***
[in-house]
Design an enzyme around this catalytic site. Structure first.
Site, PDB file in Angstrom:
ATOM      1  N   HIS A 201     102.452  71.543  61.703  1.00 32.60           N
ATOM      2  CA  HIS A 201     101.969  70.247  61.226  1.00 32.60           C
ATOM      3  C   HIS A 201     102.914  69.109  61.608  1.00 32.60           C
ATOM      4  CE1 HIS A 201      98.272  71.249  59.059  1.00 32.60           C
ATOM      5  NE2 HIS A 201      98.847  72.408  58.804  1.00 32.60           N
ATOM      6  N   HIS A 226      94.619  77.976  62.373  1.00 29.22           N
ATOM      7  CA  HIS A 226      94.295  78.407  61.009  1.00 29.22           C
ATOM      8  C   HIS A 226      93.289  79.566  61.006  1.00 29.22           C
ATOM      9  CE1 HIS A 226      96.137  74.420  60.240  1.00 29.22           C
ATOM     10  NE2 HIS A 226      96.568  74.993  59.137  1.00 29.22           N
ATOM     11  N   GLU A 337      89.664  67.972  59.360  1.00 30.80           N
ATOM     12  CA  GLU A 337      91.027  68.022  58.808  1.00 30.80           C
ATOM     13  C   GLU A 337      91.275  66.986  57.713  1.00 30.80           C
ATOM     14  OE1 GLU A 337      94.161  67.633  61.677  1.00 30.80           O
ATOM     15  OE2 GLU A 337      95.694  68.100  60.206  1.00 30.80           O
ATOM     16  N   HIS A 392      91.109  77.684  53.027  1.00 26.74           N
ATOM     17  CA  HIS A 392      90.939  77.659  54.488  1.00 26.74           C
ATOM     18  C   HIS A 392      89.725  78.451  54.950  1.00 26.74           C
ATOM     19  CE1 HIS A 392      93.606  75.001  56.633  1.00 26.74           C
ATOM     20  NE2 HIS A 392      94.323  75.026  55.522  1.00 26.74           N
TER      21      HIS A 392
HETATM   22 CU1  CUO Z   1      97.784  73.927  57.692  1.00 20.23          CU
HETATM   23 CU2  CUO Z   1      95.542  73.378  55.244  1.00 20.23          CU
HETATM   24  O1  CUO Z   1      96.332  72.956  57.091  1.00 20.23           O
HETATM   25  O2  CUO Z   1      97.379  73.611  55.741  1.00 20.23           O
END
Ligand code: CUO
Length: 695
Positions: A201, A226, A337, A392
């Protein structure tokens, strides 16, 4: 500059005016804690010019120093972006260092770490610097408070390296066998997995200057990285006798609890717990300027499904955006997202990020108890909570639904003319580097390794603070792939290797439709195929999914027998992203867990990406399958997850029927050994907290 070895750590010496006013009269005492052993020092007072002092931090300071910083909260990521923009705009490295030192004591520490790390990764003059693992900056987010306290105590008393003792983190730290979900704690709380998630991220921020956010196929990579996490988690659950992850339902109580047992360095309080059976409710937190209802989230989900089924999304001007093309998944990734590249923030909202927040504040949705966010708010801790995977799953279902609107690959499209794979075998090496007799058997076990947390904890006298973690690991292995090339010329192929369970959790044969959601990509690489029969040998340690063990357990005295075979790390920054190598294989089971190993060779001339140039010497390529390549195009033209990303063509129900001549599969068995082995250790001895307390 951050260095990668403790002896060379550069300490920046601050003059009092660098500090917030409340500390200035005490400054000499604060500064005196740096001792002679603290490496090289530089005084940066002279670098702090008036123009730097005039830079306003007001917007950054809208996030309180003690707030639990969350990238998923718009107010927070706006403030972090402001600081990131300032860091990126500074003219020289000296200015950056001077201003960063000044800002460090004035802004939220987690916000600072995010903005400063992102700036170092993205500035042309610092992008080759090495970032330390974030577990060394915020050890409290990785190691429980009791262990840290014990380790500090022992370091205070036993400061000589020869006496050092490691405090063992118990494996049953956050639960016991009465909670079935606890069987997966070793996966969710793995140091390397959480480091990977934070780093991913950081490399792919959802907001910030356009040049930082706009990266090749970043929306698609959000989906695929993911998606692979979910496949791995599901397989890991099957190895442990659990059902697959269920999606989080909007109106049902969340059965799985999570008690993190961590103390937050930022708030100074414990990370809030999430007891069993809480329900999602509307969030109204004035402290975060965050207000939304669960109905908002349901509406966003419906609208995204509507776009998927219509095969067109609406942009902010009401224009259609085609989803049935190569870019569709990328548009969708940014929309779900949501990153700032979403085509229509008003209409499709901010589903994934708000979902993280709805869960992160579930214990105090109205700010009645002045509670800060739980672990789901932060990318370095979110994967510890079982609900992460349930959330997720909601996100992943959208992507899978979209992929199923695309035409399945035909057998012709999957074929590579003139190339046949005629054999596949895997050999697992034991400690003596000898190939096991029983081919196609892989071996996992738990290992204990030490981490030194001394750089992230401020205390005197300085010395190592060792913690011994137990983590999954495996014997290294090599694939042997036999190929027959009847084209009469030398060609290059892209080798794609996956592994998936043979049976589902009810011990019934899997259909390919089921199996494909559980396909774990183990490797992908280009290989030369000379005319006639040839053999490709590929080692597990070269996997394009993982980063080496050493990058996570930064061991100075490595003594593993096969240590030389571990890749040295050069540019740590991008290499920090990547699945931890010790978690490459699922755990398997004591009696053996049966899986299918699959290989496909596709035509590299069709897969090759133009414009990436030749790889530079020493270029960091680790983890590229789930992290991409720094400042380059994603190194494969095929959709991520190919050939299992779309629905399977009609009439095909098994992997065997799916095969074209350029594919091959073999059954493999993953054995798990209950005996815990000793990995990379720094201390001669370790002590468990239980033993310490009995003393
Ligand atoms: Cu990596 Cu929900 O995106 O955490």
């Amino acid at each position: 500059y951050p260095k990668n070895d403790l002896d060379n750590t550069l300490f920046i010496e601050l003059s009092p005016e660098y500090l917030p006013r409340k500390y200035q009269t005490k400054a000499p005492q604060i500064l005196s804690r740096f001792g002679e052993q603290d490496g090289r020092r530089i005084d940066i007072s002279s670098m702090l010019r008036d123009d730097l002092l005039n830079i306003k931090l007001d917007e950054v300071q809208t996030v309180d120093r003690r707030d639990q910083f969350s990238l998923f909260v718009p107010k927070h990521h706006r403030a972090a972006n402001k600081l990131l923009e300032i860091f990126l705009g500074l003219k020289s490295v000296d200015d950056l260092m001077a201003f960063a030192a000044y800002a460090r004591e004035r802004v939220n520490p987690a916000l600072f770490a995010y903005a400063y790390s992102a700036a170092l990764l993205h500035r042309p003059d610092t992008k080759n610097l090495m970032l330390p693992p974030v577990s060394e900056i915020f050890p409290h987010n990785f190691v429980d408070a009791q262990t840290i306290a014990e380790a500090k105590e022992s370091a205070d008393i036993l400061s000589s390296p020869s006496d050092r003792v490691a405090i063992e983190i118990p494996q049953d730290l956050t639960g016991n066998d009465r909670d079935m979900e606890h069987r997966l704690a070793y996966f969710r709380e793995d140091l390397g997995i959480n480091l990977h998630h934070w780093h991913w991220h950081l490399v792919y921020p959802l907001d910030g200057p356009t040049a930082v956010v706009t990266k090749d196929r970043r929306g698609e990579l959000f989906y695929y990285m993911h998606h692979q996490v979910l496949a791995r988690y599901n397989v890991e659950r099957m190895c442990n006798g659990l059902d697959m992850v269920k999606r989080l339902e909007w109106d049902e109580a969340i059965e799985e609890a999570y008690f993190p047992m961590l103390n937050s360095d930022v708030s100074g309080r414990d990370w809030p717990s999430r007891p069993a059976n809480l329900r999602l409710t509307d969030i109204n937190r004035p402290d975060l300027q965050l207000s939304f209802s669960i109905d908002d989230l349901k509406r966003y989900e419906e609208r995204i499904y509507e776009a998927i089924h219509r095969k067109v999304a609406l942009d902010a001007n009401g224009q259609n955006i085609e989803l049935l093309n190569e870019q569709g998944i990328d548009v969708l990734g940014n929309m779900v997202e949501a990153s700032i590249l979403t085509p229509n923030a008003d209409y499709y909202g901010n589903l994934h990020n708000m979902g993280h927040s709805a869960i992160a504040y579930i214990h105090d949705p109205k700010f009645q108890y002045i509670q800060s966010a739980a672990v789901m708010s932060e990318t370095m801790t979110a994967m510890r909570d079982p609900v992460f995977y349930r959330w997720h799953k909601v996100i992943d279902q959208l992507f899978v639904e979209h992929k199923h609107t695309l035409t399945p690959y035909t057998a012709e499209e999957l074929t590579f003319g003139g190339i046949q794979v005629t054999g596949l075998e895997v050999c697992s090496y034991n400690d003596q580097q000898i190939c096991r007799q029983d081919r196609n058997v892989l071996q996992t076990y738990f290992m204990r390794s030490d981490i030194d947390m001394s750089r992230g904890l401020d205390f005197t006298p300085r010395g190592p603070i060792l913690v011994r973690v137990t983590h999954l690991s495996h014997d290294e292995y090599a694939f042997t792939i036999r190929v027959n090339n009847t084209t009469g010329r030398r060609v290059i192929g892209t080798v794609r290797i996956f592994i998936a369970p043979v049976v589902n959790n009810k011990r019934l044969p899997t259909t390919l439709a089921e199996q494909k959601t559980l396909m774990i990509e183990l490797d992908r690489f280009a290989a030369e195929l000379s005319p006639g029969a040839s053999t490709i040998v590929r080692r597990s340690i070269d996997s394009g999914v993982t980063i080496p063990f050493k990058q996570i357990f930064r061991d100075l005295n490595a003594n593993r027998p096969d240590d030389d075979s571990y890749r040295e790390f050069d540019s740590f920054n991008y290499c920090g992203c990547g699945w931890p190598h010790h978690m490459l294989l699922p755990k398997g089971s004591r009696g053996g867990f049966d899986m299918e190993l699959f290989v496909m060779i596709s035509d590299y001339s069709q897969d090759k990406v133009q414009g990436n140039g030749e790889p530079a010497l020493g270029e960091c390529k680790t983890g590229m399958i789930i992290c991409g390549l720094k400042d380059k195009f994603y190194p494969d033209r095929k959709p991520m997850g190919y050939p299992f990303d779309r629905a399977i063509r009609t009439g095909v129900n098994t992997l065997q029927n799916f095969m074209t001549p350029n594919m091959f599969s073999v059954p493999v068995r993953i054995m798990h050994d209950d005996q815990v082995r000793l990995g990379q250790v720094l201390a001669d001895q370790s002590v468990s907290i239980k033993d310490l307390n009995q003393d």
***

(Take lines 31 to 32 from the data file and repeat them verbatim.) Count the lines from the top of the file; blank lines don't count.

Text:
Length: 695
Positions: A201, A226, A337, A392